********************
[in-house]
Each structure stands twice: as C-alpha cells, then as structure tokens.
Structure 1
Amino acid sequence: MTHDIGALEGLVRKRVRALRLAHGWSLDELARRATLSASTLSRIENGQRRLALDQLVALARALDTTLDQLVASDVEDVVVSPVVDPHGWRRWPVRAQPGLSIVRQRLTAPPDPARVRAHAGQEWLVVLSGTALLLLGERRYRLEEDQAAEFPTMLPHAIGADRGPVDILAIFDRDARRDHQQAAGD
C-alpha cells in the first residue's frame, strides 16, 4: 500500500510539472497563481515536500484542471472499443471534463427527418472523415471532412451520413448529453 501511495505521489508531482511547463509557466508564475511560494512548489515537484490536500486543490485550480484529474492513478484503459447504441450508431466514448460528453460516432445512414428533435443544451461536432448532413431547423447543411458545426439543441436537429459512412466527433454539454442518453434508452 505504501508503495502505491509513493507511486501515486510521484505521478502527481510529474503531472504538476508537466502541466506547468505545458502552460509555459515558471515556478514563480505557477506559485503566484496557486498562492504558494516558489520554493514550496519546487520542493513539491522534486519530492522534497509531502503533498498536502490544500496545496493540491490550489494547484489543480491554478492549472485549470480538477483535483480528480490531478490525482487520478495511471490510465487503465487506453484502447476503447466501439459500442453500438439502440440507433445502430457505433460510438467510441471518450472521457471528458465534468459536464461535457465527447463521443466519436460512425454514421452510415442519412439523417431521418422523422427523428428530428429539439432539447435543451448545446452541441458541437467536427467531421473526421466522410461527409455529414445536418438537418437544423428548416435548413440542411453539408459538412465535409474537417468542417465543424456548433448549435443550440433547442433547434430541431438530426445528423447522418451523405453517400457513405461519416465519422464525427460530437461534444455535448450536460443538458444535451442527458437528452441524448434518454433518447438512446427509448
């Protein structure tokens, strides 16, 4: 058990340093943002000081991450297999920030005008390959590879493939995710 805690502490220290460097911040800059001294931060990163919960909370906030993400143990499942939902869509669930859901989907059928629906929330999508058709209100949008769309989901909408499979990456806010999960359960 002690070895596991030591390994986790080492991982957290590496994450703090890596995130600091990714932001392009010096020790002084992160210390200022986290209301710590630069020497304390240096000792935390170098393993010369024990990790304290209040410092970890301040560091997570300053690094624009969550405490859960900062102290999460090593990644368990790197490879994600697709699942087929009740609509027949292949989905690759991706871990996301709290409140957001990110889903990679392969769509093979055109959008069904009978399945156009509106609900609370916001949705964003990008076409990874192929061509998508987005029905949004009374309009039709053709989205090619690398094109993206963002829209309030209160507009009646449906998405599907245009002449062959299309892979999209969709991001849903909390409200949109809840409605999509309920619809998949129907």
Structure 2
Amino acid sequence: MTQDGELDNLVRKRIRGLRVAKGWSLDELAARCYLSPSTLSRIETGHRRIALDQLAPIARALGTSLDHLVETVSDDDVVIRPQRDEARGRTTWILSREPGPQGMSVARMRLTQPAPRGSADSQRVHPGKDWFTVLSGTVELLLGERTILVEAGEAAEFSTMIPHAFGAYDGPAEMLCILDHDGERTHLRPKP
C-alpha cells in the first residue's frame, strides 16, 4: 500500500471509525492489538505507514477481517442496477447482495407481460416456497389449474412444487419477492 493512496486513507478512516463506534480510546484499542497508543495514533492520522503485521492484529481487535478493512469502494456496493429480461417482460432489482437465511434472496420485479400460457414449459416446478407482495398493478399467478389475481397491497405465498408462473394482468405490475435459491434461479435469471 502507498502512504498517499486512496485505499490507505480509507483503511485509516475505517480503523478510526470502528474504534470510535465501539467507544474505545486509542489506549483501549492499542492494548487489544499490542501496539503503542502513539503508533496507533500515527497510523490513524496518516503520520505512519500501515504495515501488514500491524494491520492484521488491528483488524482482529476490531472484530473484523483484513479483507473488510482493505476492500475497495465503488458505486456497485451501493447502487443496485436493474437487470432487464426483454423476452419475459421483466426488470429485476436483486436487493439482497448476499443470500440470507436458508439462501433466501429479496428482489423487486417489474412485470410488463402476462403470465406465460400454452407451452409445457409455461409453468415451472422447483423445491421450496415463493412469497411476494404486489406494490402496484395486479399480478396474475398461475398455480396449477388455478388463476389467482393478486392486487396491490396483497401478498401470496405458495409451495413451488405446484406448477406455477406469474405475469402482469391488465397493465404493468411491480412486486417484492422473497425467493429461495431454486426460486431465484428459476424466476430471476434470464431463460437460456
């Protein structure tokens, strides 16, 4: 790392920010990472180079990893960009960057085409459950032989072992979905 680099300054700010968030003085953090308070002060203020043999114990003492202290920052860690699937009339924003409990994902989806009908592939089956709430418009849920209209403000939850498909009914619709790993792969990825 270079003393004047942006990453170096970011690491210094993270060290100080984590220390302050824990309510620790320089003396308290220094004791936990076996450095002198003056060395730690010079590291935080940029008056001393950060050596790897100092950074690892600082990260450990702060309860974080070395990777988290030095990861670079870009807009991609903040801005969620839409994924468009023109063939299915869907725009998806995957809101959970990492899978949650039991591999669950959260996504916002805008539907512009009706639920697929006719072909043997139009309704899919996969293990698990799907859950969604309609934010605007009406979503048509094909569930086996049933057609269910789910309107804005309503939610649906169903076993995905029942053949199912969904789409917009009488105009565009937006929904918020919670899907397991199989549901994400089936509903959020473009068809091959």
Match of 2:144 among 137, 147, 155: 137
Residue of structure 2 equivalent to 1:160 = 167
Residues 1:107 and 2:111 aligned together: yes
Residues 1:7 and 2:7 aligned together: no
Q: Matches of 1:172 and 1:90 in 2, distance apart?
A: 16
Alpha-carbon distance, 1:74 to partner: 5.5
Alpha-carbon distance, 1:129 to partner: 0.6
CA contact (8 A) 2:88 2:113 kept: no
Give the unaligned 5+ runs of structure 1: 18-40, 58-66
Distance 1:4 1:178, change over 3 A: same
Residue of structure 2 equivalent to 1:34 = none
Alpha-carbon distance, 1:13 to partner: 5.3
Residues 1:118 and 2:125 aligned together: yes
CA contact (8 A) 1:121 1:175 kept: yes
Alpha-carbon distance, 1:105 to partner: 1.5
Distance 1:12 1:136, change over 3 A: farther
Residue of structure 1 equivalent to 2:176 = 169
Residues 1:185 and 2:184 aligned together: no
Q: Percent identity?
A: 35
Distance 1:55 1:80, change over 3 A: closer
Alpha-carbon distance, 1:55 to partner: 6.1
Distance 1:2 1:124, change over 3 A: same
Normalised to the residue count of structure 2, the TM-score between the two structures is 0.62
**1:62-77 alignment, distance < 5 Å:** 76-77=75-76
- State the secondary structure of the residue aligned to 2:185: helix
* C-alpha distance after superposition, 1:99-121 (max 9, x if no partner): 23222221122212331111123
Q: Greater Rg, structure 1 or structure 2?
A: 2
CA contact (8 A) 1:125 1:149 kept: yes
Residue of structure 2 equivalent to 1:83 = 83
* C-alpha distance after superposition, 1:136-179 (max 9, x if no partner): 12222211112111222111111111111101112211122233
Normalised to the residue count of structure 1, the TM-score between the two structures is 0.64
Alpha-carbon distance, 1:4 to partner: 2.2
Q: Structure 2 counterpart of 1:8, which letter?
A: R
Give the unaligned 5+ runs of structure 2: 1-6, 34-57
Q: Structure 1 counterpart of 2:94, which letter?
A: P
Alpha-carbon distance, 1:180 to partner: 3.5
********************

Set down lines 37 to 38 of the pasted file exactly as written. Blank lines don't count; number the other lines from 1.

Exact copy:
- State the secondary structure of the residue aligned to 2:185: helix
* C-alpha distance after superposition, 1:99-121 (max 9, x if no partner): 23222221122212331111123